Barr’s review of Russia investigation wins Trump’s favor. Those facing scrutiny suspect he’s chasing conspiracy theories.

Attorney General William P. Barr has taken an interest in a mysterious European professor whose conversation with an adviser to President Trump’s 2016 campaign helped launch the FBI investigation into possible coordination with Russia — and who has since become the focal point of an unproven conservative theory that the entire inquiry was a setup, people familiar with the matter said.

Those involved in the FBI investigation said they are mystified by the attorney general’s activities and interest in the professor, Joseph Mifsud, and they suspect that Barr might be using Justice Department resources to validate conjecture that Mifsud was deployed against a Trump adviser by Western intelligence to manufacture a basis to investigate the campaign.

“It just seems like they’re doing everything they can to delegitimize the origins of that investigation,” said one person involved the Russia probe, who, like others, spoke on the condition of anonymity to discuss the politically sensitive matter that is still being reviewed. “I just don’t think there’s any real basis to disparage it.”

But Barr’s inquiry has heartened Trump and his conservative allies. Trump, who at times has inquired about the origins of the Russia investigation and the professor in particular, has bragged that Barr will get to the bottom of the case and is doing a good job as the country’s top law enforcement official, a White House official said.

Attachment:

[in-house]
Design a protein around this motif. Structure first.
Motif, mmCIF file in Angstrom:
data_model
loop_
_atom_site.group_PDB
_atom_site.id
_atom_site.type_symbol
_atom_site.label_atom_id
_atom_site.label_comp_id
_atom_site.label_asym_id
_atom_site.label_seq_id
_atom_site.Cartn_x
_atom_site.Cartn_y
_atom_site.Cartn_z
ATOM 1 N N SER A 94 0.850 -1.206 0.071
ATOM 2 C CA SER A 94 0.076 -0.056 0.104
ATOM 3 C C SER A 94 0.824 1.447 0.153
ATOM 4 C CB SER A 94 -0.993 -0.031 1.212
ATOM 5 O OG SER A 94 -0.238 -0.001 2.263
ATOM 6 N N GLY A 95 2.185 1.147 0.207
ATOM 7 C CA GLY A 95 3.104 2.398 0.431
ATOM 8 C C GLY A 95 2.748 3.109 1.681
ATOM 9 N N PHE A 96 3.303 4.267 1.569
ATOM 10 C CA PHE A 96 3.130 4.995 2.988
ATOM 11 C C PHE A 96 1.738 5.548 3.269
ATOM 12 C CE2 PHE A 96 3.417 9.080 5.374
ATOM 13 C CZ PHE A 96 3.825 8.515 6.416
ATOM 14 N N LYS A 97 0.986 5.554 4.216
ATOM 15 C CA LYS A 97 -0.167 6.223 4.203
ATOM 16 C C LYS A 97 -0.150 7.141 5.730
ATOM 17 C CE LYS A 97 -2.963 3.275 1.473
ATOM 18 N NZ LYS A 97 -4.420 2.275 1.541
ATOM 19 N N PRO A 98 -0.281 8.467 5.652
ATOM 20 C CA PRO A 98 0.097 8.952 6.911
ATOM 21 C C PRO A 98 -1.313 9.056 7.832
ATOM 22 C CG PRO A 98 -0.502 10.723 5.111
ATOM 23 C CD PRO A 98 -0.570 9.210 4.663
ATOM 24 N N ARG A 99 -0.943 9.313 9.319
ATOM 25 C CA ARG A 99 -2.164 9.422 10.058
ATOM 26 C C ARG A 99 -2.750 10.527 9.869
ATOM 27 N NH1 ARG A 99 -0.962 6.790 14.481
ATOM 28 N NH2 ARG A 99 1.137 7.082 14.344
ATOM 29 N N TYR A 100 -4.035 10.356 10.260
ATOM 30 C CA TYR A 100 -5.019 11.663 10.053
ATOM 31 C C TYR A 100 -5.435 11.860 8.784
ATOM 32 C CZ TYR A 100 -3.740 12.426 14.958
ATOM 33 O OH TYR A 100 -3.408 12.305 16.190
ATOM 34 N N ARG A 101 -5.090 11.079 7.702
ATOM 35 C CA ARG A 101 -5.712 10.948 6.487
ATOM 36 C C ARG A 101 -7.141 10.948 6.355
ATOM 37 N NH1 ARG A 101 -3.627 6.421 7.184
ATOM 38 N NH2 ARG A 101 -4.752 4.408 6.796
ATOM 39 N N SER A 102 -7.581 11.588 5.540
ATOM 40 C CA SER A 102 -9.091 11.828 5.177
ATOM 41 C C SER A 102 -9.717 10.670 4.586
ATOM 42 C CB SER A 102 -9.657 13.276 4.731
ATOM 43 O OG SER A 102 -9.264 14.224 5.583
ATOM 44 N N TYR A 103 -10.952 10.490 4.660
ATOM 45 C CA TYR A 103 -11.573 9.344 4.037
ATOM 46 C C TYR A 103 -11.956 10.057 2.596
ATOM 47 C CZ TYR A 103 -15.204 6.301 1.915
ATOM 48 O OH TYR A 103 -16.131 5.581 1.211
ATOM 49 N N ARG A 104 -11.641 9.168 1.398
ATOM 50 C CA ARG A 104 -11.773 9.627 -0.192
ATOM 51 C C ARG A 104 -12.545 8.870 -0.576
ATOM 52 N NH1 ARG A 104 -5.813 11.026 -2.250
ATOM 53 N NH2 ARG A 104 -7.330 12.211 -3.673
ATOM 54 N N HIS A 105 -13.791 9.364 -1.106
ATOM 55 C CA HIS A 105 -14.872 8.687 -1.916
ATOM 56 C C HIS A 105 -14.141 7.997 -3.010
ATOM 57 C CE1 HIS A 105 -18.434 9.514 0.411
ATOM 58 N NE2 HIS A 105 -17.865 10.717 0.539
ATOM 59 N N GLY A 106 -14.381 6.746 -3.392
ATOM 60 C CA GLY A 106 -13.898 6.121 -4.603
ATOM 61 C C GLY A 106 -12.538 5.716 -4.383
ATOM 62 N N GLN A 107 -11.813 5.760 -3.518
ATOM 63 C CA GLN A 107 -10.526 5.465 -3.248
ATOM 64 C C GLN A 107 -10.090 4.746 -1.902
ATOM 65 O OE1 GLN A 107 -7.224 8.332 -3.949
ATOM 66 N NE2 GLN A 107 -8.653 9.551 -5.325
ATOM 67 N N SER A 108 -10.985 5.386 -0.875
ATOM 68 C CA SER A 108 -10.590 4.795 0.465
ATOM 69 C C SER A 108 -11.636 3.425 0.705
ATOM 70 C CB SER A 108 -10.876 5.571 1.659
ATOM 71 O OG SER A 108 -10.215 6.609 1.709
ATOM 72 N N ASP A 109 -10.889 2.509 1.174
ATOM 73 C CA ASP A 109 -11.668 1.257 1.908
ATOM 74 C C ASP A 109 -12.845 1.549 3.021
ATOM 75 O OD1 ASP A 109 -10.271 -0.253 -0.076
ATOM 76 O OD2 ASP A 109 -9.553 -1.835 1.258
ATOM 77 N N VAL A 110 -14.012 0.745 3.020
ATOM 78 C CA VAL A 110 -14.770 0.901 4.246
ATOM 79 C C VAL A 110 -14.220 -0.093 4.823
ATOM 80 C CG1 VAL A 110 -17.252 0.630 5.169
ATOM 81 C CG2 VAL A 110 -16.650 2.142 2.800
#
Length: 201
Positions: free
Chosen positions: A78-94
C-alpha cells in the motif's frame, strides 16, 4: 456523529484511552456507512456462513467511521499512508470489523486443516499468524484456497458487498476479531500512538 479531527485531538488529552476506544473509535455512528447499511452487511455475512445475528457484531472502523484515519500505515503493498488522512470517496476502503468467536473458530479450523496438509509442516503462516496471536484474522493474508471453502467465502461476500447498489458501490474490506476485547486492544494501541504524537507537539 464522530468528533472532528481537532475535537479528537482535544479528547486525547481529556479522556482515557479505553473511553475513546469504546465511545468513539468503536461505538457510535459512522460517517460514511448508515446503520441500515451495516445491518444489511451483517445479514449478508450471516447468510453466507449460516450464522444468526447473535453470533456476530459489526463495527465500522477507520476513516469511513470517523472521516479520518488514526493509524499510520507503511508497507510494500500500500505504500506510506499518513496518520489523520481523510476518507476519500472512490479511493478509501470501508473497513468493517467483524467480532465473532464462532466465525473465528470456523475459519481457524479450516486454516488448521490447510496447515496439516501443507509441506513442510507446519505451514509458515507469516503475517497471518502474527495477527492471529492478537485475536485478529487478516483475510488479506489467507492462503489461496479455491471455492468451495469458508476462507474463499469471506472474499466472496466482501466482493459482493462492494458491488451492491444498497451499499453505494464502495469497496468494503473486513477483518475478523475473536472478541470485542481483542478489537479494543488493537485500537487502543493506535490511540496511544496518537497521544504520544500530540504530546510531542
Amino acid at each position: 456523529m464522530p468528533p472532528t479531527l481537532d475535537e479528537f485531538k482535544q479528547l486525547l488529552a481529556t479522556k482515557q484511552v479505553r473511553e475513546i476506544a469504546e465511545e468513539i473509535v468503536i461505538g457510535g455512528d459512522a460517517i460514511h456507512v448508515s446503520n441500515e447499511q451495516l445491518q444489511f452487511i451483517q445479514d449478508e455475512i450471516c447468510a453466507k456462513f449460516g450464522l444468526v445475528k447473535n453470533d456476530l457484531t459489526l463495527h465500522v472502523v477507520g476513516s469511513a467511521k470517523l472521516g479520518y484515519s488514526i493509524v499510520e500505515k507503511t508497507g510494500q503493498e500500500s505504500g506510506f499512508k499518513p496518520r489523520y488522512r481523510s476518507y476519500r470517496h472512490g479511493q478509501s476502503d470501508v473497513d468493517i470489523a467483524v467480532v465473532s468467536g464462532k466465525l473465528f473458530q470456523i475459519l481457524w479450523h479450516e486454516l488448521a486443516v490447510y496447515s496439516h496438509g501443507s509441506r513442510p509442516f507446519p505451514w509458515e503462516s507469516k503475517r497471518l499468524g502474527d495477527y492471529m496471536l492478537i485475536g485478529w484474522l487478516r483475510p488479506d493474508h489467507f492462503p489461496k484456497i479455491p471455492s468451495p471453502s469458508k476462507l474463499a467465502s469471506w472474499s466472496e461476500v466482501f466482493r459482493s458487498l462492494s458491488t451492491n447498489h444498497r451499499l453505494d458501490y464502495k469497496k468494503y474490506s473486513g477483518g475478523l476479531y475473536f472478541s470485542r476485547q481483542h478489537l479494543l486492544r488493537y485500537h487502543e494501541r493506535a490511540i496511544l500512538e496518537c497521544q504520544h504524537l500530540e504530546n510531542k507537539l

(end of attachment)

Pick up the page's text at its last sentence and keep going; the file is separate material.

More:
Barr’s defenders assert that he is exploring what he views as possible problems.

“He’s not a conspiracy theorist. He’s a realist,” said George Terwilliger, a former deputy attorney general and longtime friend of Barr’s. “And I’m confident that if he has a concern that justifies his personal involvement, it’s based on fact, not conjecture.”

A Justice Department spokeswoman declined to comment.

Unproven or vague allegations about impropriety in the origins of the FBI’s Russia probe have long been passed between Trump, his conservative allies on Capitol Hill and the conservative media ecosystem — with the country’s top law enforcement official and conservative lawmakers sometimes helping to fuel them.

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